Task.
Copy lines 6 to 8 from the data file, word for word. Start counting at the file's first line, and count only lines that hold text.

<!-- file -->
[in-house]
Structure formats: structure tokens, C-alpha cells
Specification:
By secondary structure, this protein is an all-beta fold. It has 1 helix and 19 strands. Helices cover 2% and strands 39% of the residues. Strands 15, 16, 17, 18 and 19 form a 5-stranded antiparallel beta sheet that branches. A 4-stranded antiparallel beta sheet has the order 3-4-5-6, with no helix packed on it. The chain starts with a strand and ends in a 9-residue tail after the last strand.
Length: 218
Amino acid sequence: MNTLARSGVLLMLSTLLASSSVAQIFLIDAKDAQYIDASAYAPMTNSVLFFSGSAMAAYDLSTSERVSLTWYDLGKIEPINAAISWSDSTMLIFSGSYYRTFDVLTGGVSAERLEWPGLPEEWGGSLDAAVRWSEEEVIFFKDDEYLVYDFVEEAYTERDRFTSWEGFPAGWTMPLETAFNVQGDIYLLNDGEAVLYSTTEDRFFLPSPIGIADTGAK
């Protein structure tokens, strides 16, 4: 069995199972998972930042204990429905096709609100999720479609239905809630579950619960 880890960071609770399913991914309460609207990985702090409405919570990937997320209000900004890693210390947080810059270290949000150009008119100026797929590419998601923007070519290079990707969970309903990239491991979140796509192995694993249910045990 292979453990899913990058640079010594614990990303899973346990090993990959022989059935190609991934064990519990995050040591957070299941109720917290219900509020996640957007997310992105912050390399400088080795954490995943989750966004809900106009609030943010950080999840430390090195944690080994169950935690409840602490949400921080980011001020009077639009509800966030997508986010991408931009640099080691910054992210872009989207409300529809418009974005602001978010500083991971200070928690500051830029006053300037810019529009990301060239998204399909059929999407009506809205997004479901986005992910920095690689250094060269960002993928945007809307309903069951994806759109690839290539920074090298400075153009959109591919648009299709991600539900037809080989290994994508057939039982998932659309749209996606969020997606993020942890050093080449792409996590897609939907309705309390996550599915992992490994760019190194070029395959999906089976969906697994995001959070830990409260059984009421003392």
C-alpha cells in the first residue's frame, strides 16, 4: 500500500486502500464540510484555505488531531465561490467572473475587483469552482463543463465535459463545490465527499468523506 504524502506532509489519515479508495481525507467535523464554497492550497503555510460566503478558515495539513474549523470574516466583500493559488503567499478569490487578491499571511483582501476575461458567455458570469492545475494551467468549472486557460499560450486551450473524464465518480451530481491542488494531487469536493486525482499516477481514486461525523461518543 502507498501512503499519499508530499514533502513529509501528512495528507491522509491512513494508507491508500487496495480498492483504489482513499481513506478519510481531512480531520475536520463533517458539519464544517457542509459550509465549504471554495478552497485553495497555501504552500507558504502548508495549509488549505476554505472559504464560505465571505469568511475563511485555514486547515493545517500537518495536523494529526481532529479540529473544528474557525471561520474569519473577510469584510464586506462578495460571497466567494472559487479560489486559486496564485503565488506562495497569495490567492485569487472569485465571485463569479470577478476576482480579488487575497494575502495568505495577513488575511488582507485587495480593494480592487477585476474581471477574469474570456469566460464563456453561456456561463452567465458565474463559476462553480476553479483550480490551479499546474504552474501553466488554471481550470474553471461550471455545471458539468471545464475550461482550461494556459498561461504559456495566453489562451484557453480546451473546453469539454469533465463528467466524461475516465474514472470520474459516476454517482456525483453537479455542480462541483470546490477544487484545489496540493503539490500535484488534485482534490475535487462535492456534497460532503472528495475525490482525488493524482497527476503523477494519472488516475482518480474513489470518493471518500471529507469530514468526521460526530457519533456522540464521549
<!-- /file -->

Amino acid sequence: MNTLARSGVLLMLSTLLASSSVAQIFLIDAKDAQYIDASAYAPMTNSVLFFSGSAMAAYDLSTSERVSLTWYDLGKIEPINAAISWSDSTMLIFSGSYYRTFDVLTGGVSAERLEWPGLPEEWGGSLDAAVRWSEEEVIFFKDDEYLVYDFVEEAYTERDRFTSWEGFPAGWTMPLETAFNVQGDIYLLNDGEAVLYSTTEDRFFLPSPIGIADTGAK
């Protein structure tokens, strides 16, 4: 069995199972998972930042204990429905096709609100999720479609239905809630579950619960 880890960071609770399913991914309460609207990985702090409405919570990937997320209000900004890693210390947080810059270290949000150009008119100026797929590419998601923007070519290079990707969970309903990239491991979140796509192995694993249910045990 292979453990899913990058640079010594614990990303899973346990090993990959022989059935190609991934064990519990995050040591957070299941109720917290219900509020996640957007997310992105912050390399400088080795954490995943989750966004809900106009609030943010950080999840430390090195944690080994169950935690409840602490949400921080980011001020009077639009509800966030997508986010991408931009640099080691910054992210872009989207409300529809418009974005602001978010500083991971200070928690500051830029006053300037810019529009990301060239998204399909059929999407009506809205997004479901986005992910920095690689250094060269960002993928945007809307309903069951994806759109690839290539920074090298400075153009959109591919648009299709991600539900037809080989290994994508057939039982998932659309749209996606969020997606993020942890050093080449792409996590897609939907309705309390996550599915992992490994760019190194070029395959999906089976969906697994995001959070830990409260059984009421003392």
C-alpha cells in the first residue's frame, strides 16, 4: 500500500486502500464540510484555505488531531465561490467572473475587483469552482463543463465535459463545490465527499468523506 504524502506532509489519515479508495481525507467535523464554497492550497503555510460566503478558515495539513474549523470574516466583500493559488503567499478569490487578491499571511483582501476575461458567455458570469492545475494551467468549472486557460499560450486551450473524464465518480451530481491542488494531487469536493486525482499516477481514486461525523461518543 502507498501512503499519499508530499514533502513529509501528512495528507491522509491512513494508507491508500487496495480498492483504489482513499481513506478519510481531512480531520475536520463533517458539519464544517457542509459550509465549504471554495478552497485553495497555501504552500507558504502548508495549509488549505476554505472559504464560505465571505469568511475563511485555514486547515493545517500537518495536523494529526481532529479540529473544528474557525471561520474569519473577510469584510464586506462578495460571497466567494472559487479560489486559486496564485503565488506562495497569495490567492485569487472569485465571485463569479470577478476576482480579488487575497494575502495568505495577513488575511488582507485587495480593494480592487477585476474581471477574469474570456469566460464563456453561456456561463452567465458565474463559476462553480476553479483550480490551479499546474504552474501553466488554471481550470474553471461550471455545471458539468471545464475550461482550461494556459498561461504559456495566453489562451484557453480546451473546453469539454469533465463528467466524461475516465474514472470520474459516476454517482456525483453537479455542480462541483470546490477544487484545489496540493503539490500535484488534485482534490475535487462535492456534497460532503472528495475525490482525488493524482497527476503523477494519472488516475482518480474513489470518493471518500471529507469530514468526521460526530457519533456522540464521549